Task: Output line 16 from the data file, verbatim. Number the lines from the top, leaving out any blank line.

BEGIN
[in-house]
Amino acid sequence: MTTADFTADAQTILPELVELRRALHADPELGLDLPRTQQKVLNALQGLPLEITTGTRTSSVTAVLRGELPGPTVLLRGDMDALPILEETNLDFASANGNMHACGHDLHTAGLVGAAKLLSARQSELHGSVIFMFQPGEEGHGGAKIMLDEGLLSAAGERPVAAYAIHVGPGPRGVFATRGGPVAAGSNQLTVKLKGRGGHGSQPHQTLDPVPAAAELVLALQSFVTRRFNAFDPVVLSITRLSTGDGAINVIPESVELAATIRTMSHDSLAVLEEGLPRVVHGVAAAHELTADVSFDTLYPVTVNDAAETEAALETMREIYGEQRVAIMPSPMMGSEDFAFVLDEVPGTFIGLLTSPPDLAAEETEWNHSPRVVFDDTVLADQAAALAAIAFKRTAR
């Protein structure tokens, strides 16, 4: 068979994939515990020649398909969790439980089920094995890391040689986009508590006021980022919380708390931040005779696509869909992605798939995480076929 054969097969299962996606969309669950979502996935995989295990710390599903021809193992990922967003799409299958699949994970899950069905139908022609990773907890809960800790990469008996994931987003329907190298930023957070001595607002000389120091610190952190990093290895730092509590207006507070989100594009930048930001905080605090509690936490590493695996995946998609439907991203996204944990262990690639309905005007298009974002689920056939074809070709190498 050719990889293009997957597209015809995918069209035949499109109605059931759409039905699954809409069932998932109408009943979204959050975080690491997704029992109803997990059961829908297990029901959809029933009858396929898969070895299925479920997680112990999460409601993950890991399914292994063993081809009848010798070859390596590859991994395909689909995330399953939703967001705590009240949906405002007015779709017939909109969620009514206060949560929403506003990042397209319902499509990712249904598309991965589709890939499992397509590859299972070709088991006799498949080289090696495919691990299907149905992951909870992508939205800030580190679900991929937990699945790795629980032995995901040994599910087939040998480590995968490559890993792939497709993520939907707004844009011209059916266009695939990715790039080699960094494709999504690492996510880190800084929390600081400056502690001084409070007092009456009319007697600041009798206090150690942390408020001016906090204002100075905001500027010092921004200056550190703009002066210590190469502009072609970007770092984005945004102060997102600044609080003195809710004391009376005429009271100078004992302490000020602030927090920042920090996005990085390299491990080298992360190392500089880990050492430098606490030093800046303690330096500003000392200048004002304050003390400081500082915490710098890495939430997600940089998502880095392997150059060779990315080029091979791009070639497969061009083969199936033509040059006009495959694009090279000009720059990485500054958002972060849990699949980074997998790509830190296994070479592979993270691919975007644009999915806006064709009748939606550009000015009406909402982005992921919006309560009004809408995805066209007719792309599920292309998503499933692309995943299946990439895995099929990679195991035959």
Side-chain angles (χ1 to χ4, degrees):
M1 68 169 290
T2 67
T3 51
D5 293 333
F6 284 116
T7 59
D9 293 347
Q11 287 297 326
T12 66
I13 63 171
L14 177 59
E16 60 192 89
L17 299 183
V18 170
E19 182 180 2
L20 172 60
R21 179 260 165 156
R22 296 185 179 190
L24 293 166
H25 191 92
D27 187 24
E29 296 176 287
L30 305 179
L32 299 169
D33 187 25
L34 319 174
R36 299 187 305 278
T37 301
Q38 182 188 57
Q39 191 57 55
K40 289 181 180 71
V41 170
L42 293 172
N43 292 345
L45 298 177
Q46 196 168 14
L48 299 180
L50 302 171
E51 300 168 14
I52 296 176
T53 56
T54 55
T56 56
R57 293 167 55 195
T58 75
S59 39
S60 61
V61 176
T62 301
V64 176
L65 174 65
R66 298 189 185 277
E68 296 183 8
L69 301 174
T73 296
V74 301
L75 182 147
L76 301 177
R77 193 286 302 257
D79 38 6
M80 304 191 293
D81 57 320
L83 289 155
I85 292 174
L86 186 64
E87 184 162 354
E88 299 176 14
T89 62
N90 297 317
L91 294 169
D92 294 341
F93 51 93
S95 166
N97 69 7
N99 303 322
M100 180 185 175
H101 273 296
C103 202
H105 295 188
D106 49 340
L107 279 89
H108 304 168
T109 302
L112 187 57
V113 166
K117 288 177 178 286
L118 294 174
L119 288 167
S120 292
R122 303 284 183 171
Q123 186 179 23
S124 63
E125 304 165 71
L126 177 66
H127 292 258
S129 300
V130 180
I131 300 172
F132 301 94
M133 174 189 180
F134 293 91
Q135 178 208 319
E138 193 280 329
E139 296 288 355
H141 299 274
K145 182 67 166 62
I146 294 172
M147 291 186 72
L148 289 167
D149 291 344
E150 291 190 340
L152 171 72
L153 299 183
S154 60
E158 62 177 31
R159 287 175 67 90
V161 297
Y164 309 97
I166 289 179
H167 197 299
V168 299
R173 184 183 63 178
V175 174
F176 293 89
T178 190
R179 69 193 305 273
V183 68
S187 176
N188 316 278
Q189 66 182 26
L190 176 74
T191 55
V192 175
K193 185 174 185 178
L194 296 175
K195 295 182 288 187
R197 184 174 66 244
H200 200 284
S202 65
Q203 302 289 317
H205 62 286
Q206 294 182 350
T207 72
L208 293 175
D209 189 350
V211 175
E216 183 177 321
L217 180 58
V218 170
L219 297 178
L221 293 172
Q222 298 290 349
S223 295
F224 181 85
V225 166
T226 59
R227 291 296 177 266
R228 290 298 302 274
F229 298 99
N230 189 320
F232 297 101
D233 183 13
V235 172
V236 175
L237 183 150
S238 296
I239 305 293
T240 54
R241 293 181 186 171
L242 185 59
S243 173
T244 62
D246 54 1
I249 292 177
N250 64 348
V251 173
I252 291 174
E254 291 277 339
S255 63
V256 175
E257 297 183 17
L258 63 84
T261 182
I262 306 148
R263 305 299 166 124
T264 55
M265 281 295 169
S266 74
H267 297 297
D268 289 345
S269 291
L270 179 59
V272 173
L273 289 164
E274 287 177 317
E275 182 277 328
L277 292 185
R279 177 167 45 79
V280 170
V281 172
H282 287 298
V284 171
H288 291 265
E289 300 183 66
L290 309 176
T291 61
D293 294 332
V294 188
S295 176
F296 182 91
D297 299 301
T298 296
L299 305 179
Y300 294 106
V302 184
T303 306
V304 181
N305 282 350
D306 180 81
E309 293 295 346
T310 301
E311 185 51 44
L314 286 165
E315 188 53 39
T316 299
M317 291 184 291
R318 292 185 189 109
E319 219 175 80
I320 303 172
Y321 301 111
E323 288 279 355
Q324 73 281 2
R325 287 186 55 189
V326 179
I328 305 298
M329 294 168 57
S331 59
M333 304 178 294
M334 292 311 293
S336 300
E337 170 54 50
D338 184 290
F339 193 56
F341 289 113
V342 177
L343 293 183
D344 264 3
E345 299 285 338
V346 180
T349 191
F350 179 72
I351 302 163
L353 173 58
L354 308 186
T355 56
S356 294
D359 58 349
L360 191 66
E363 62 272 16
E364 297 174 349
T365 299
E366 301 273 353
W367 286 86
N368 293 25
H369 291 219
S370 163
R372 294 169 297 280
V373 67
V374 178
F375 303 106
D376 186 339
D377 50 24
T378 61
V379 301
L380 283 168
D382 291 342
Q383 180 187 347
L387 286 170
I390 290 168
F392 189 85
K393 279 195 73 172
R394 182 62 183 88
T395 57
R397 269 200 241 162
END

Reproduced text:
E16 60 192 89